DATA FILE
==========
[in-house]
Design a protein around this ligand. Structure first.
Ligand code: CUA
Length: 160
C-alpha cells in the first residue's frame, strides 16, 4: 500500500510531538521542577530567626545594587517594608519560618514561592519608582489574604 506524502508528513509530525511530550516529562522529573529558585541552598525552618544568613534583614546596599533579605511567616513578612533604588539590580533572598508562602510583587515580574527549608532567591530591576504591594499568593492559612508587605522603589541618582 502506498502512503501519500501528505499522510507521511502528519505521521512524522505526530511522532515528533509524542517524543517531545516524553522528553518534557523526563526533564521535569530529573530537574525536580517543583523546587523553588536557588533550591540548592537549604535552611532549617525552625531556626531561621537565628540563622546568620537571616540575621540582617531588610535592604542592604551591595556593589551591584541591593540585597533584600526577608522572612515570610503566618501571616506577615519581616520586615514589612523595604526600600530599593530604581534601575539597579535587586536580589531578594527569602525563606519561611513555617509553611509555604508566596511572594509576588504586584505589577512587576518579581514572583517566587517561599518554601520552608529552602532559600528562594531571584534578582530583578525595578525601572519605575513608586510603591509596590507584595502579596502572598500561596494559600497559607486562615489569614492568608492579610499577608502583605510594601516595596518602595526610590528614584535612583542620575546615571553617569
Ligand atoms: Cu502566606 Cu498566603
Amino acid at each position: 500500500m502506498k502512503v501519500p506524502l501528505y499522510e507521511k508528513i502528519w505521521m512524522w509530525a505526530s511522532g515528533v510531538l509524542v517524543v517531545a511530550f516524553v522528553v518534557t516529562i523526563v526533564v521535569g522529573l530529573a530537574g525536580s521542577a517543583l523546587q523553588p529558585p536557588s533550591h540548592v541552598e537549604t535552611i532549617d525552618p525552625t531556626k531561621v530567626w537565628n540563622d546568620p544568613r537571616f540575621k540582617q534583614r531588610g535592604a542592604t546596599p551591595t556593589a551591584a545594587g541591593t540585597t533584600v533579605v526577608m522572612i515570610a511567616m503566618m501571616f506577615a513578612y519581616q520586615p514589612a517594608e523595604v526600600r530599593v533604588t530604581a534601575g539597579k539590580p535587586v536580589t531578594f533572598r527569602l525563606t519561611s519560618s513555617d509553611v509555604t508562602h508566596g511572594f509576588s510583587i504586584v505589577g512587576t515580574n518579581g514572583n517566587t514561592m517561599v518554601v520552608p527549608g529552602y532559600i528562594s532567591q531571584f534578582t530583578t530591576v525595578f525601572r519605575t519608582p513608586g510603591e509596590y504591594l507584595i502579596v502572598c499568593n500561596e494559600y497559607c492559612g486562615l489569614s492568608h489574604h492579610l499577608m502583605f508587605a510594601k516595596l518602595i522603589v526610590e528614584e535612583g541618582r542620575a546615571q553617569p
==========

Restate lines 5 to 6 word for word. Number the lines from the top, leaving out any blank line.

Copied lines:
C-alpha cells in the first residue's frame, strides 16, 4: 500500500510531538521542577530567626545594587517594608519560618514561592519608582489574604 506524502508528513509530525511530550516529562522529573529558585541552598525552618544568613534583614546596599533579605511567616513578612533604588539590580533572598508562602510583587515580574527549608532567591530591576504591594499568593492559612508587605522603589541618582 502506498502512503501519500501528505499522510507521511502528519505521521512524522505526530511522532515528533509524542517524543517531545516524553522528553518534557523526563526533564521535569530529573530537574525536580517543583523546587523553588536557588533550591540548592537549604535552611532549617525552625531556626531561621537565628540563622546568620537571616540575621540582617531588610535592604542592604551591595556593589551591584541591593540585597533584600526577608522572612515570610503566618501571616506577615519581616520586615514589612523595604526600600530599593530604581534601575539597579535587586536580589531578594527569602525563606519561611513555617509553611509555604508566596511572594509576588504586584505589577512587576518579581514572583517566587517561599518554601520552608529552602532559600528562594531571584534578582530583578525595578525601572519605575513608586510603591509596590507584595502579596502572598500561596494559600497559607486562615489569614492568608492579610499577608502583605510594601516595596518602595526610590528614584535612583542620575546615571553617569
Ligand atoms: Cu502566606 Cu498566603